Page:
I have what I think is a very simple question for anywhere here – but since I know nothing about networks, it’s a hard question for me.
I have 5 servers and a cisco switch to place at a co-location facility and I want to configure the switch properly. I have been provided a subnet to use by the facility of xxx.xxx.xxx.144/29. I know that this means the following:
· xxx.xxx.xxx.144 = Network ID
· xxx.xxx.xxx.145 = Gateway Address
· xxx.xxx.xxx.146 through xxx.xxx.xxx.150 = Usable IP’s for my servers
· xxx.xxx.xxx.151 = Broadcast IP
I plugged the network from co-location facility into F0/1 of the Cisco 2900 switch and then plugged my servers into the other ports on the switch. My servers have already been configured to the IP ranges from xxx.xxx.xxx.146 - xxx.xxx.xxx.150.
My question is: Do I configure the Cisco Switch so that it’s VLAN1 address is set to xxx.xxx.xxx.144/29 or leave it at it’s default setting of 192.168.1.1/24?
The reason I ask this question is because I'm getting thousands of dropped packets and no packet or framing errors with it set to it's VLAN1 default 192.168.1.1/24 config. All the dropped packats are on F0/1. There are no other VLANs and all ports are at 100Mb/s Full Duplex.
Thank you so much for your assistance and answers
If this is the scenario then .145 might be already there at network side and you are assigned from .146 to .150 as a usable IP.
In this case you can leave your switch as L2 only.
No need to configure any IP-- you can configure a default-gateway as .145.
If your topology is Switch->5-servers then you can configure .145 in switch and rest of the servers from .146 to .140.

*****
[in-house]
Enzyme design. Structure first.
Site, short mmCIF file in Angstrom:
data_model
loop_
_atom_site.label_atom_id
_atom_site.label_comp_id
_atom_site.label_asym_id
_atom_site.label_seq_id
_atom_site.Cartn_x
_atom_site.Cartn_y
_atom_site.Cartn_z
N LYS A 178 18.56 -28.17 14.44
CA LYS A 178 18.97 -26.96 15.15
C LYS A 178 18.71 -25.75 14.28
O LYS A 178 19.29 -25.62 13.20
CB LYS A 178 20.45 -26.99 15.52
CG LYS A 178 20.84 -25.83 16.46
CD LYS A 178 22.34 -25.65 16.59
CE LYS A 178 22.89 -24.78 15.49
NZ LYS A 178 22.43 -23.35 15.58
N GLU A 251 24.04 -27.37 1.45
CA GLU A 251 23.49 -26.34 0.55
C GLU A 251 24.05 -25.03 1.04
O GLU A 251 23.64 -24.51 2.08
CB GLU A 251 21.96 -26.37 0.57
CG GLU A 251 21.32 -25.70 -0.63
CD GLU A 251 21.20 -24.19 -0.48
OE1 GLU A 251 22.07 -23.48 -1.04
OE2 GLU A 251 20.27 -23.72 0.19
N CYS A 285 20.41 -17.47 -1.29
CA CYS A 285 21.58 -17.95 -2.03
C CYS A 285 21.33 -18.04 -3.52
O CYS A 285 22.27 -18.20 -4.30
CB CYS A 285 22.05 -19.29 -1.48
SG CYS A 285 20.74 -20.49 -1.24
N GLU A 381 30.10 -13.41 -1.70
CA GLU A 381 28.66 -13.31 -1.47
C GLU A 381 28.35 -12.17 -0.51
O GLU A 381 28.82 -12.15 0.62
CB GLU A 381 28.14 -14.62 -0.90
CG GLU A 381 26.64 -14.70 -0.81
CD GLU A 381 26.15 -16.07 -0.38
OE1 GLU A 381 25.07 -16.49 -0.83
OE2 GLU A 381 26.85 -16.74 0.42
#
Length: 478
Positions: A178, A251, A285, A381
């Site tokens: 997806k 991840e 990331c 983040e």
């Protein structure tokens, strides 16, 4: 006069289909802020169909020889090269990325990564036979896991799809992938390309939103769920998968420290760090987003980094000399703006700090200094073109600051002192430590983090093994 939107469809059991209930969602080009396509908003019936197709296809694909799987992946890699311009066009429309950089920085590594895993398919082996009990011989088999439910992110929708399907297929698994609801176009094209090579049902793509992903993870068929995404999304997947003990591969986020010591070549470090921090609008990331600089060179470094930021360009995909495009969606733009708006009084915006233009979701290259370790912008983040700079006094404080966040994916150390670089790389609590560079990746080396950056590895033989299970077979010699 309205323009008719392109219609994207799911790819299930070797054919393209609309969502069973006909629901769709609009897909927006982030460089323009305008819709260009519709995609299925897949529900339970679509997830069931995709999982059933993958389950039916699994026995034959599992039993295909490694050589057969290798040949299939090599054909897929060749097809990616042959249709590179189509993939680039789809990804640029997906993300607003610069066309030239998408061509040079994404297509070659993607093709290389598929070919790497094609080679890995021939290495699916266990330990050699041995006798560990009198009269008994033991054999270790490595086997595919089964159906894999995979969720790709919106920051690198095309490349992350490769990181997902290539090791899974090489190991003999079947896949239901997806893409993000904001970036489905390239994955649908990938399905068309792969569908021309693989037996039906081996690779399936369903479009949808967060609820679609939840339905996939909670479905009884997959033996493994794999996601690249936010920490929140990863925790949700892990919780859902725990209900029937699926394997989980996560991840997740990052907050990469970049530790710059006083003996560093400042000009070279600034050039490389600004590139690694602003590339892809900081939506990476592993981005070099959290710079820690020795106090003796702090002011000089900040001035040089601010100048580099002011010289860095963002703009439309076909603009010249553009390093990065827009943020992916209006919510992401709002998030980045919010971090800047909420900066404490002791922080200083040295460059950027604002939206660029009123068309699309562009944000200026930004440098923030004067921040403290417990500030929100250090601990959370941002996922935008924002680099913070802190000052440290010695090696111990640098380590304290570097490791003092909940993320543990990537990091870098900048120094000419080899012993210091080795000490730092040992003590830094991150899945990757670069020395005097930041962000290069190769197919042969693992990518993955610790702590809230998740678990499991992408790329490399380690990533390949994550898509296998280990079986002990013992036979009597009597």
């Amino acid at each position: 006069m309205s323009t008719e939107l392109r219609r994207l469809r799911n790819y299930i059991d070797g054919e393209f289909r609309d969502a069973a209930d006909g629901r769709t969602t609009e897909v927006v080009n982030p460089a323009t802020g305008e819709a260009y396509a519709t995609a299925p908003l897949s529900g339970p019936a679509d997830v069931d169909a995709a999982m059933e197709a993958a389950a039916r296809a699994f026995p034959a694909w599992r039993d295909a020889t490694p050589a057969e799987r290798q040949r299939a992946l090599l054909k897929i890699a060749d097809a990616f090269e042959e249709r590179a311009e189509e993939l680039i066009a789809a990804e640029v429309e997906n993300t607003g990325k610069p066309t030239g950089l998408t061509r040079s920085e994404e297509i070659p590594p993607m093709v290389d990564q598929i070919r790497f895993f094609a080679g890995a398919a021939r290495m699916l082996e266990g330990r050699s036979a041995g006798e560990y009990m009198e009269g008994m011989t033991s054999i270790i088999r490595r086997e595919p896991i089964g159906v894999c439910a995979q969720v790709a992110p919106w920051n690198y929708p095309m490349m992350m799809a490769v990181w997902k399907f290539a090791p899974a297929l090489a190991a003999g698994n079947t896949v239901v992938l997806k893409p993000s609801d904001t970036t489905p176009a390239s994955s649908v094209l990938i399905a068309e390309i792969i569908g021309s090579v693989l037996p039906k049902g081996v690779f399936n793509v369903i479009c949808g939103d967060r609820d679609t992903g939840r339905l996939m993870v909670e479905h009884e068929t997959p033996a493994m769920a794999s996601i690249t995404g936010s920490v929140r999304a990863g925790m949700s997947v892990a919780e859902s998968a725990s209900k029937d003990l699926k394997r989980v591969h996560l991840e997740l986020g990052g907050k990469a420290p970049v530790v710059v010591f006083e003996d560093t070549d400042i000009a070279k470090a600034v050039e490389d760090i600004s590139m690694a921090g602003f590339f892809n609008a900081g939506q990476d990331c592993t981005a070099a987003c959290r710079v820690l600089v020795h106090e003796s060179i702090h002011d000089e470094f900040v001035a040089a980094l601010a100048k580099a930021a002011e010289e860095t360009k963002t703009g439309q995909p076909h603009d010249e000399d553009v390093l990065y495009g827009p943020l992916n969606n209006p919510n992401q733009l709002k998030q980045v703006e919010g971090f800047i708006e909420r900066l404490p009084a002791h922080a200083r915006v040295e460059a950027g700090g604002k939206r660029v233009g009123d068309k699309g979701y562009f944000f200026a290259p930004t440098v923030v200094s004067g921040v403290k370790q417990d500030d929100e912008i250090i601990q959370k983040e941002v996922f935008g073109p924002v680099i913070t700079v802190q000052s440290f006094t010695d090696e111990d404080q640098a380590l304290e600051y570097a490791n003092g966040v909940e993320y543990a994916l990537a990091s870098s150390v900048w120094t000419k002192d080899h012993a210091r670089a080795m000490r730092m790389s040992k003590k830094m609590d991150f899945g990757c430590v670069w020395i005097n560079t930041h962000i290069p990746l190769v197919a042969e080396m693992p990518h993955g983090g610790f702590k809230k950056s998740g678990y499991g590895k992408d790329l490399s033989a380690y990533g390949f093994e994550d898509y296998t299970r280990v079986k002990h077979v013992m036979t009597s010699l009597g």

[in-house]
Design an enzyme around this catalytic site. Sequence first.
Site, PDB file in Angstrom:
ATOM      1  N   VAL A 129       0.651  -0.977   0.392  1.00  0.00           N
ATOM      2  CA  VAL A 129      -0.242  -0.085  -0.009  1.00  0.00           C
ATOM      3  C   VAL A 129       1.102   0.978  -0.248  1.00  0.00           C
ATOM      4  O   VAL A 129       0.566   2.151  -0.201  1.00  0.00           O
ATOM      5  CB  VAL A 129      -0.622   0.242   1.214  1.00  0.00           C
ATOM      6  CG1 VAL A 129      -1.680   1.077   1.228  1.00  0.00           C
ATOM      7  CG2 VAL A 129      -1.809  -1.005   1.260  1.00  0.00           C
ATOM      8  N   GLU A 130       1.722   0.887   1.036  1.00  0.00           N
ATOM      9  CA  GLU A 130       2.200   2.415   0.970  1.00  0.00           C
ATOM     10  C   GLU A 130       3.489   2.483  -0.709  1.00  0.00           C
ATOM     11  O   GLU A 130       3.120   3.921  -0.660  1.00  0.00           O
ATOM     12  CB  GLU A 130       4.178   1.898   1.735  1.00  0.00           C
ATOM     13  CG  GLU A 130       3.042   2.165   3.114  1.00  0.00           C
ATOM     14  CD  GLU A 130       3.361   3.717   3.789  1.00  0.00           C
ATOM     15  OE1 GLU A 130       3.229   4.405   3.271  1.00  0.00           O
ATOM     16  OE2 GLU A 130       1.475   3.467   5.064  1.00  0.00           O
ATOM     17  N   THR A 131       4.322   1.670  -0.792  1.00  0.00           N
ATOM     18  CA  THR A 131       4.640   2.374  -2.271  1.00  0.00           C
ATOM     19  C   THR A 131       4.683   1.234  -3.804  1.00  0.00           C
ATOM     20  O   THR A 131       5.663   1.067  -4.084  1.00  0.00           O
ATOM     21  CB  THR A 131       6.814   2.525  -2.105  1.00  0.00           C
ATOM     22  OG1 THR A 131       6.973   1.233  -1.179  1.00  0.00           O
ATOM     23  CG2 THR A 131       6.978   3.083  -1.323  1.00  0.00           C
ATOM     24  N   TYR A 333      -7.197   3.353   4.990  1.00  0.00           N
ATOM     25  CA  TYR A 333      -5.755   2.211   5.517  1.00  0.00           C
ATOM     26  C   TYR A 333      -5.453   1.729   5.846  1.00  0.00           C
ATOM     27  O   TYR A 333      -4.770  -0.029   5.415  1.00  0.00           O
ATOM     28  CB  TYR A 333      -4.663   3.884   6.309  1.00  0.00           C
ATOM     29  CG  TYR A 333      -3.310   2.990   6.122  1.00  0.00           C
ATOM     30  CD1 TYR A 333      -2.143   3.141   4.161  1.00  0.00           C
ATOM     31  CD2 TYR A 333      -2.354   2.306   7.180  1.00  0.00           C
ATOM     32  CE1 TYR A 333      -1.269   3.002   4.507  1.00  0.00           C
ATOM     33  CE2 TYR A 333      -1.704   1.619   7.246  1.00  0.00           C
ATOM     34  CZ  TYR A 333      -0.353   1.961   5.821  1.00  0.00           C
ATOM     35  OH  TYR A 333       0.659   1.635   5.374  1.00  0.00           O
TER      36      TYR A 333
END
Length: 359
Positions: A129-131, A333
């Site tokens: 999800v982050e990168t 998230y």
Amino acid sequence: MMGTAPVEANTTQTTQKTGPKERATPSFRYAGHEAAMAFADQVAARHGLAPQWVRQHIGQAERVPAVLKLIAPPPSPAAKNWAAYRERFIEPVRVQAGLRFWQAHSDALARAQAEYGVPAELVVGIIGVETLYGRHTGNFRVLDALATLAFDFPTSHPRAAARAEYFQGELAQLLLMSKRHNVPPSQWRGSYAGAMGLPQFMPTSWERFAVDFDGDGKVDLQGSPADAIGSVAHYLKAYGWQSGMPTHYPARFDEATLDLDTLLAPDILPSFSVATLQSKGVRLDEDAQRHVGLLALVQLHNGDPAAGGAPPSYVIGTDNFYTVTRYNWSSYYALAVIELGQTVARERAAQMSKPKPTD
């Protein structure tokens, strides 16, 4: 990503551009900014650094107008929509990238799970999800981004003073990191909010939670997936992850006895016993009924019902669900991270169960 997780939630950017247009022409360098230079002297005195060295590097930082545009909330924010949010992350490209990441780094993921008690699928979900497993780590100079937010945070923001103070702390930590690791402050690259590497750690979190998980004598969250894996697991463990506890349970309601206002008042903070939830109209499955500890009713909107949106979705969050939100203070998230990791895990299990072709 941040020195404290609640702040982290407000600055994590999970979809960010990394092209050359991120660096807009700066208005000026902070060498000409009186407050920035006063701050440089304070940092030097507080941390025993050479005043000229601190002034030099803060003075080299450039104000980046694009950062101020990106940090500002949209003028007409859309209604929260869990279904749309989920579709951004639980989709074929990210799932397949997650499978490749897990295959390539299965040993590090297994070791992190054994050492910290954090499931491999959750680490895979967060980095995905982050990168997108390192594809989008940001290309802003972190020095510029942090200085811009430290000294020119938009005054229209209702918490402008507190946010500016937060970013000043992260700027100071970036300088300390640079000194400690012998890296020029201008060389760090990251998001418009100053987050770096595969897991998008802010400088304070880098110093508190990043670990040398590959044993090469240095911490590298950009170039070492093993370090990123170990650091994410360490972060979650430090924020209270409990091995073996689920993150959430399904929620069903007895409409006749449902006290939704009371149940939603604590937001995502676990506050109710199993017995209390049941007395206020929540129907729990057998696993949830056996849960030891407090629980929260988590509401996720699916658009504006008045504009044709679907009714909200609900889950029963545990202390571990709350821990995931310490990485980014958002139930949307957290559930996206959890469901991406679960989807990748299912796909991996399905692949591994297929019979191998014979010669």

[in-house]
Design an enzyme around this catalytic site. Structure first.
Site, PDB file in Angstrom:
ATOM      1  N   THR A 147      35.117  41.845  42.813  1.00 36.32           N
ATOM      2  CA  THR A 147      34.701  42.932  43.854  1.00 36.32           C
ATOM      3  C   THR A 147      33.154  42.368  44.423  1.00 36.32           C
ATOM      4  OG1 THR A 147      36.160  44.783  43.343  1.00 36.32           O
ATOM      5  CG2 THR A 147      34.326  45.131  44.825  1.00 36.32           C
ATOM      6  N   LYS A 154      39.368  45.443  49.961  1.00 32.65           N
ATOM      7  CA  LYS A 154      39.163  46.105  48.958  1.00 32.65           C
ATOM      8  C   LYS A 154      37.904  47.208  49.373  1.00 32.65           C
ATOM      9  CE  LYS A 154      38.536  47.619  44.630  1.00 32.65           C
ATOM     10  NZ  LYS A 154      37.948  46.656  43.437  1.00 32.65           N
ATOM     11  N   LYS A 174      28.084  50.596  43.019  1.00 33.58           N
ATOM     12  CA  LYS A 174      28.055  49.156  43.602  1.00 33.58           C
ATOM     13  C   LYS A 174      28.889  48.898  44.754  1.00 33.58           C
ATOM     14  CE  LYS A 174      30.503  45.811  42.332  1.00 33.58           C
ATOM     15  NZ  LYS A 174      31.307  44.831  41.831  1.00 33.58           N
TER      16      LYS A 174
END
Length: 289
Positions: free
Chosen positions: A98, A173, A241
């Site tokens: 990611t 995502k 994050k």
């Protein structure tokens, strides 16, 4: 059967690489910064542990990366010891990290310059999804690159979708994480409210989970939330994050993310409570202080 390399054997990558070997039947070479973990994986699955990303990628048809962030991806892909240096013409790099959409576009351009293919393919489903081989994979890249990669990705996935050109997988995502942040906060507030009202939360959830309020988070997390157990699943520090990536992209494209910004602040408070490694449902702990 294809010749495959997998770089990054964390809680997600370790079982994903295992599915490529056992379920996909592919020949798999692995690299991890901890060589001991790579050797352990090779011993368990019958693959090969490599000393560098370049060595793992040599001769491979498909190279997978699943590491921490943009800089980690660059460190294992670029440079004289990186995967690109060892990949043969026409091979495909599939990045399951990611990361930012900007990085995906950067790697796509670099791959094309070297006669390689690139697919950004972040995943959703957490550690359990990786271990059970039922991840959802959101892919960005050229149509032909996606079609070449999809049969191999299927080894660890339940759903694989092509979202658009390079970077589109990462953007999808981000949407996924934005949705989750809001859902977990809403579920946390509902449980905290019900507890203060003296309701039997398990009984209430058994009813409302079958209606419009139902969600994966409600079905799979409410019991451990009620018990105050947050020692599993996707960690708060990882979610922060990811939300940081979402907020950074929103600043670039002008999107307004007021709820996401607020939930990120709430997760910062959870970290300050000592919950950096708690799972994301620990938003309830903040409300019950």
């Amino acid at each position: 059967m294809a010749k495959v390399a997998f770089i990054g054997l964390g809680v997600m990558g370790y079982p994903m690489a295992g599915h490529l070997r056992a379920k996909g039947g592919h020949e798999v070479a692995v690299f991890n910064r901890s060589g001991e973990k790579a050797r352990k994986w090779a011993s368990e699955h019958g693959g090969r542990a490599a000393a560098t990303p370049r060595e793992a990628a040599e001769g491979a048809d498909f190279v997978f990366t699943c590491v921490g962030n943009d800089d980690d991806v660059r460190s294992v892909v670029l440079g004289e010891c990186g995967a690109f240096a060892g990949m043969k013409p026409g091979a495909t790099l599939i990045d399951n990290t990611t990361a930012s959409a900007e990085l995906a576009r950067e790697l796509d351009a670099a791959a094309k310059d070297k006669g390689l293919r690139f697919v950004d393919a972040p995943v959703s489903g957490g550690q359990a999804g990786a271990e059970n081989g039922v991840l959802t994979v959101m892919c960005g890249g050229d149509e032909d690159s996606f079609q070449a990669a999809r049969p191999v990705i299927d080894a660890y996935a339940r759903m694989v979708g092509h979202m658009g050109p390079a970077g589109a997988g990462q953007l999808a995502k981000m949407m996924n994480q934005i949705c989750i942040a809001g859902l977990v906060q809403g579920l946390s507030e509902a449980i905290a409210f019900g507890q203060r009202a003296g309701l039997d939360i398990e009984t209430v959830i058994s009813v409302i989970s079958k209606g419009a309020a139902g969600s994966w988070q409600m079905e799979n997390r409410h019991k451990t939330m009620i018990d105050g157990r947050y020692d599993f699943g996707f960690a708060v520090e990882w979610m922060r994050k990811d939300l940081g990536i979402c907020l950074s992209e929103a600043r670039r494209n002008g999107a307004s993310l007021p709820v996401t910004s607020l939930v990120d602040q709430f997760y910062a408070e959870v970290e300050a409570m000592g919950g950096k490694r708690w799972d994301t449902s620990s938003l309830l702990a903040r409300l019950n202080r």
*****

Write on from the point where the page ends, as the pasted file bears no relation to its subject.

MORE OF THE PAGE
192.168.1.1/24 is of no use here
Hope it is helpful
Thank you all very much for your replays ...
So, Mahesh, after changing the default VLAN1 of the switch to xxx.xxx.xxx.144/29, the address of the switch itself would be xxx.xxx.xxx.145 that I would access over the web to manage the switch (plugged into F0/1) and the other servers would then be accessed via their respective IP's (.146-.150) and plugged into ports F0/2 ... F0/3 ... etc.
That's correct right? If that is correct - that is exactly what my question was and am very grateful for all your answers.
I recommend that you make sure you understand the security implications of your topology. I only mention it because you stated that you didn't have much in the way of network experience. If your device will be accessible from the public Internet, make sure you (at least) disable telnet and use only SSH to access it. In addition, you should limit (by way of access lists) which IPs can access the SSH session.
If all this is obvious to you then good enough.